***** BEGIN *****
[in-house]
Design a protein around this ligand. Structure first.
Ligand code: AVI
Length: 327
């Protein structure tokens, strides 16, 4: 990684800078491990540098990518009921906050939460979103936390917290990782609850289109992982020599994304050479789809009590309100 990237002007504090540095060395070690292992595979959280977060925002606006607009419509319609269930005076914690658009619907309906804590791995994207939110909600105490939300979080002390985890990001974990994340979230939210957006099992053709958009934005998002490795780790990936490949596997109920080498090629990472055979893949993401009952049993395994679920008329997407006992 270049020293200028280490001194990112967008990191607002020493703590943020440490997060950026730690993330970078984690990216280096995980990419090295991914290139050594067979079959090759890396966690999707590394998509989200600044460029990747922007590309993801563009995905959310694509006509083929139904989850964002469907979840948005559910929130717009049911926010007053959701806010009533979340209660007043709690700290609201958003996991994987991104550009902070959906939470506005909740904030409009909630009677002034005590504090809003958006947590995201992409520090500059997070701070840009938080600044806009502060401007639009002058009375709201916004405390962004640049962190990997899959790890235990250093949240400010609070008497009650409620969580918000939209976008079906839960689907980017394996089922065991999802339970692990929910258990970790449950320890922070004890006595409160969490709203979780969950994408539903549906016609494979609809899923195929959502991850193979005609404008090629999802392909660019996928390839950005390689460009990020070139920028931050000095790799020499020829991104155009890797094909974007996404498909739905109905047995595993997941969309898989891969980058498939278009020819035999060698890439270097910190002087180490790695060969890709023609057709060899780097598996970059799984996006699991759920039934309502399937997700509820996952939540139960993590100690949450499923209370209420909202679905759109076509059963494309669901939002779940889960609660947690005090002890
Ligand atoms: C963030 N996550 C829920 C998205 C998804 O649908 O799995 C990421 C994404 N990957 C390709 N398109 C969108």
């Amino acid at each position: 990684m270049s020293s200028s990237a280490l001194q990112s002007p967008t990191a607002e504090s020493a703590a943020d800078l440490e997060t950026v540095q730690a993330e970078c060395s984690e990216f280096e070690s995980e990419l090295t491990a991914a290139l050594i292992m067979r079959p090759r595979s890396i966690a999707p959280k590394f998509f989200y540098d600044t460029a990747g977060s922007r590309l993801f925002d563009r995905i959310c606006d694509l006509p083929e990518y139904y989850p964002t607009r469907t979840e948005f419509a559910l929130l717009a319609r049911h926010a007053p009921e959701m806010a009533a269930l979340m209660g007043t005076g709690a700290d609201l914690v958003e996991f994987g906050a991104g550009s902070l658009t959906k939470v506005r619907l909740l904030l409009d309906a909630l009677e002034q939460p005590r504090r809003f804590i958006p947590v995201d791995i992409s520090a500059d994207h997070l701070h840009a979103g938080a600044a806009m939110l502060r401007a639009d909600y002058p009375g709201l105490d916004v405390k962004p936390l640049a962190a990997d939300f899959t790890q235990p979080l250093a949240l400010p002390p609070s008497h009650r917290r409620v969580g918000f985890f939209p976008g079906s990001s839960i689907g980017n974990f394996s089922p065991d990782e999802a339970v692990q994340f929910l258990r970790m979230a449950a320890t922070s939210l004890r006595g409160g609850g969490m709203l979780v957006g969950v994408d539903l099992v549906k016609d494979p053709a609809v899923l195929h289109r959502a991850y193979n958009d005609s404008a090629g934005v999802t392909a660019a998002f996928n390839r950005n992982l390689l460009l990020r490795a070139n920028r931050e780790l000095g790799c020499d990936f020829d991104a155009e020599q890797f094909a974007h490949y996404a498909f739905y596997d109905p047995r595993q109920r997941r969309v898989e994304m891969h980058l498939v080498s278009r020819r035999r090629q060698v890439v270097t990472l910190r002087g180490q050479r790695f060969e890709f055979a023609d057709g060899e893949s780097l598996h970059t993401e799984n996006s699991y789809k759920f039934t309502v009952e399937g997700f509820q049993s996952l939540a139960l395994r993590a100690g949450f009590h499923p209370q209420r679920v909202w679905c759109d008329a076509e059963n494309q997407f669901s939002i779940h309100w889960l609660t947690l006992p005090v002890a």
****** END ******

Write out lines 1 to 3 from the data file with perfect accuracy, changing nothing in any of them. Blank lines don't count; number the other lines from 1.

[in-house]
Design a protein around this ligand. Structure first.
Ligand code: AVI